|21||Electrotheraphy, vol. 11, No. 4, Jul./Aug. 1991, Ultrasound: Current Concepts, Nancy Gann.|
|22||In Vitro Cell, Dev. Biol., 28A:679-681, Nov.-Dec., 1992, Productive-Delivering Liposomes Specifically Target Hair Follicles in Histocultured Intact Skin, Lingna et al.|
|23||Infections in Surgery, Sep., 1982, Stimulation of Tissue Repair by Therapeutic Ultrasound, Mary Dyson.|
|24||J. Appl. Cosmetol., vol. 15, 147-159, Oct.-Dec. 1997, Enhancing the Glycolic Acid Efficacy by Piezoelectric Vibrations, P. Mortganti et al. (marked up).|
|25||J. Biochem (Tokyo), Nov., 1984; 96(5)1491-1500, Hemoprotein H-450 Indentified as a Form of Cytochrome P-450 Having an Endogenous Ligand at the 6th Coordination Position of the Heme, T. Omura (Abstract).|
|26||J. Dermatol Sci., Mar. 1996, 11(3):250-253, Ascorbic Acid Preferentially Enhances Type I and III Collagen Gene Transcription in Human Skin Fibroblasts, Takima S. Pinnel (Abstract).|
|27||*||J. Dermatol. Surg. Oncol., 13:2, Feb., 1987, Biostimulation of Wound Healing by Lasers: Experimental Approaches in Animal Models and Fibroblast Cultures, R. Patrick Abergel et al. (marked up).|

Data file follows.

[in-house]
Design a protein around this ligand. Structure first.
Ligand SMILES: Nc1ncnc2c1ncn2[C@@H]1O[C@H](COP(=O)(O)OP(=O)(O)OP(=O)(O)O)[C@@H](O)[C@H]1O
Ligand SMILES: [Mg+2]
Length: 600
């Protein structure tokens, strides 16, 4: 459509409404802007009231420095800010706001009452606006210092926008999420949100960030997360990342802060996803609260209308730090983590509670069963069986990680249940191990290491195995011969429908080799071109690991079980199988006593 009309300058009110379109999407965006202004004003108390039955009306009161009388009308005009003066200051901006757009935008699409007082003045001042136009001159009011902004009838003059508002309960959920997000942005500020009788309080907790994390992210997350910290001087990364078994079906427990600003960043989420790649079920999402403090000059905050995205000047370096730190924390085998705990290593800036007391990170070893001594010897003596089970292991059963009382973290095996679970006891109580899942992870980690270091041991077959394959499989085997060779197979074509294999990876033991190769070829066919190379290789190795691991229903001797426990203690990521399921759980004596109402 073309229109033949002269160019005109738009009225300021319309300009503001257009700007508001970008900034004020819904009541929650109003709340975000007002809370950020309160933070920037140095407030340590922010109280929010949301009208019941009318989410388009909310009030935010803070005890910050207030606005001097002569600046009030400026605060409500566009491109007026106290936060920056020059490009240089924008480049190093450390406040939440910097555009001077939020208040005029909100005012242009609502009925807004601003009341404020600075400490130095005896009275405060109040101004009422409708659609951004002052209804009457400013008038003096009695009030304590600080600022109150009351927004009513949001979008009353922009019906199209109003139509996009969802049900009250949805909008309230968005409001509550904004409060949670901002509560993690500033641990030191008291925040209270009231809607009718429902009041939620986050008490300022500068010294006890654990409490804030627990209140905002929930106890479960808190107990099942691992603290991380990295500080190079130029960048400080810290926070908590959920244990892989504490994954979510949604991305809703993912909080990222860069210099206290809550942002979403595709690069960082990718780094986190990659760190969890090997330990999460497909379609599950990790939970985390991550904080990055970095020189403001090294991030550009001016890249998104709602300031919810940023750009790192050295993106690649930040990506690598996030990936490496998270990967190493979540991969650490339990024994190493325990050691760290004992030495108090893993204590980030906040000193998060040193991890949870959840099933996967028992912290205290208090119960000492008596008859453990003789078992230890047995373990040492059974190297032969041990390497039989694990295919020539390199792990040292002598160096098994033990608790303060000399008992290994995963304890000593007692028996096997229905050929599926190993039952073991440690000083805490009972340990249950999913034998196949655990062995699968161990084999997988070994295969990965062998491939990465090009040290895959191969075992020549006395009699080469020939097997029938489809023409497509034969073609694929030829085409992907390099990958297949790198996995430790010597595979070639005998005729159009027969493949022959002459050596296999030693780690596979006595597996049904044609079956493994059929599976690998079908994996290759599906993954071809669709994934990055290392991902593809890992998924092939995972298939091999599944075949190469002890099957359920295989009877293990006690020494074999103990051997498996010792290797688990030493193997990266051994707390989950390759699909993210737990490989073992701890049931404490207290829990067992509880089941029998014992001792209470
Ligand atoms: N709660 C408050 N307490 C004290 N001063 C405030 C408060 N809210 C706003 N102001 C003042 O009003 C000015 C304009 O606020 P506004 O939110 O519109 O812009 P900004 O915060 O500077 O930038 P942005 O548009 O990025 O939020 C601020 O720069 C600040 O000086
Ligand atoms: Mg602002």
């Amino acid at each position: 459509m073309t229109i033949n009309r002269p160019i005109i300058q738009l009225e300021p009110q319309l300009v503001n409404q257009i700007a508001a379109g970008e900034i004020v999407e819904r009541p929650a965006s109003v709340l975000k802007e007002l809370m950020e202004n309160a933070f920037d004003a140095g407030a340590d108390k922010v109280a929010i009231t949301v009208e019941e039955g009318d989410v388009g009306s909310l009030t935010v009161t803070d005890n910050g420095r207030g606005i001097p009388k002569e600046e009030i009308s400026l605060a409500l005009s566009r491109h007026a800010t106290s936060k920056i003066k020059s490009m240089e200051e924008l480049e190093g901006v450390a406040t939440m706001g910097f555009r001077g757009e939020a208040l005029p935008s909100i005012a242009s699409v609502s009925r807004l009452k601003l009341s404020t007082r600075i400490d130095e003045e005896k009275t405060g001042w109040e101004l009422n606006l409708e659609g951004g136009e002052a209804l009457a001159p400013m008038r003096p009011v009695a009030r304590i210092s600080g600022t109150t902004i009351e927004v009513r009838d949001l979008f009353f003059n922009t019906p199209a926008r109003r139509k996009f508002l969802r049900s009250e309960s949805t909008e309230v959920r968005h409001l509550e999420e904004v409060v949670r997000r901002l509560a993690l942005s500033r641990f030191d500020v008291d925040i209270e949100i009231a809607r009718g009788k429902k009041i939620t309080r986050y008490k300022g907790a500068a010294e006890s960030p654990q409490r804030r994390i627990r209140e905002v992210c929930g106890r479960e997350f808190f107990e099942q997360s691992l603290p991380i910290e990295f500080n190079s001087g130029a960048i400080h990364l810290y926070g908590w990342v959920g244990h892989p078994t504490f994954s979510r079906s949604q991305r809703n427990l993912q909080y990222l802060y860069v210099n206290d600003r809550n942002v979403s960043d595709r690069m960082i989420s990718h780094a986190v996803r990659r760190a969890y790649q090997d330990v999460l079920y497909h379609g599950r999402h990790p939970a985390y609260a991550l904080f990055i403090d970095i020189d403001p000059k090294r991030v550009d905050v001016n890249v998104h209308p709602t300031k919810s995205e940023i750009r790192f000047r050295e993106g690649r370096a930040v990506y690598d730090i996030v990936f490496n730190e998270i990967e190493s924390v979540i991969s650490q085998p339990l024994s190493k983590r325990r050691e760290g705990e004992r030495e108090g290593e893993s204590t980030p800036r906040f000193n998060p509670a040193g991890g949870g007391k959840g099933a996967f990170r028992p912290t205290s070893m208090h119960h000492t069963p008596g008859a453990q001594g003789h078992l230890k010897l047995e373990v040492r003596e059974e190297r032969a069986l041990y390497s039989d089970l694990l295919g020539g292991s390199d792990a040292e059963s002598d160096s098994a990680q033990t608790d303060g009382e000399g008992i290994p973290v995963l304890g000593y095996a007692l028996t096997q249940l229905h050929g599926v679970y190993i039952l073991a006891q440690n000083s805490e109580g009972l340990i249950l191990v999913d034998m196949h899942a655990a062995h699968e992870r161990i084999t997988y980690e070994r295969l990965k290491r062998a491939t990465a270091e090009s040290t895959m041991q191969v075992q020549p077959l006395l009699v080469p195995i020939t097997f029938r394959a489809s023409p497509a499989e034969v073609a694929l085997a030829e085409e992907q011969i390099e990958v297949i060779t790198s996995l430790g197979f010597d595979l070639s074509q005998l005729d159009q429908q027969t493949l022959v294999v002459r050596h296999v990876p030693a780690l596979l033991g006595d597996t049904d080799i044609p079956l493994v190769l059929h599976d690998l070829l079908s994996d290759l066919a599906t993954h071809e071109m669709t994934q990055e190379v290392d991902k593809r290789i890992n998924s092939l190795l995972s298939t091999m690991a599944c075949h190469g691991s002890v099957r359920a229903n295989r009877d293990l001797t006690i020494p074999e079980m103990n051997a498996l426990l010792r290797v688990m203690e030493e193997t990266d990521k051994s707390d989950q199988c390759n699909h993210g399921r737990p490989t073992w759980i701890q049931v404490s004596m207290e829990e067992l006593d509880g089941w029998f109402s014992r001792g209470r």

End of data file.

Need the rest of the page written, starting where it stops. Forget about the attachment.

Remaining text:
|28||J. Photocem Photobiol B. Feb. 1993; 17(2):109-114, Photodynamic Effects on the Nuclear Envelope of Human Skin Fibroblasts, B. Krammer et al. (Abstract).|
|29||J. Soc. Cosmet. Shem., 29, 265-282, May 1978, Autoradiographic Study on Percutaneous Absorption of Several Oils Useful for Cosmetics, M. Suzuki et al.|
|30||JOSPT, vol. 12, No. 3, Mar. 1995, Temperature Changes in Deep Muscles of Human During Ice and Ultrasound Therapies: an In Vivo Study, David Draper et al.|
|31||Journal of Drug Targeting, 1994, vol. 2, pp. 405-410, Liposomes: A Novel Topical Delivery System for Pharmaceutical and Cosmetic Applications, N. Weiner et al.|
|32||Journal of Pharmaceutical Sciences, vol. 58, No. 9, 1969, Enhancement of Percutaneous Absorption by the Use of Volatile: Nonvolatile Systems as Vehicles, M.F. Coldman et al.|
|33||Journal of Pharmaceutical Sciences, vol. 78, No. 5, 1989, Transdermal Iontophoretic Drug Delivery; Mechanistic Analysis and Application to Polypeptide Delivery, V. Srinivasan et al.|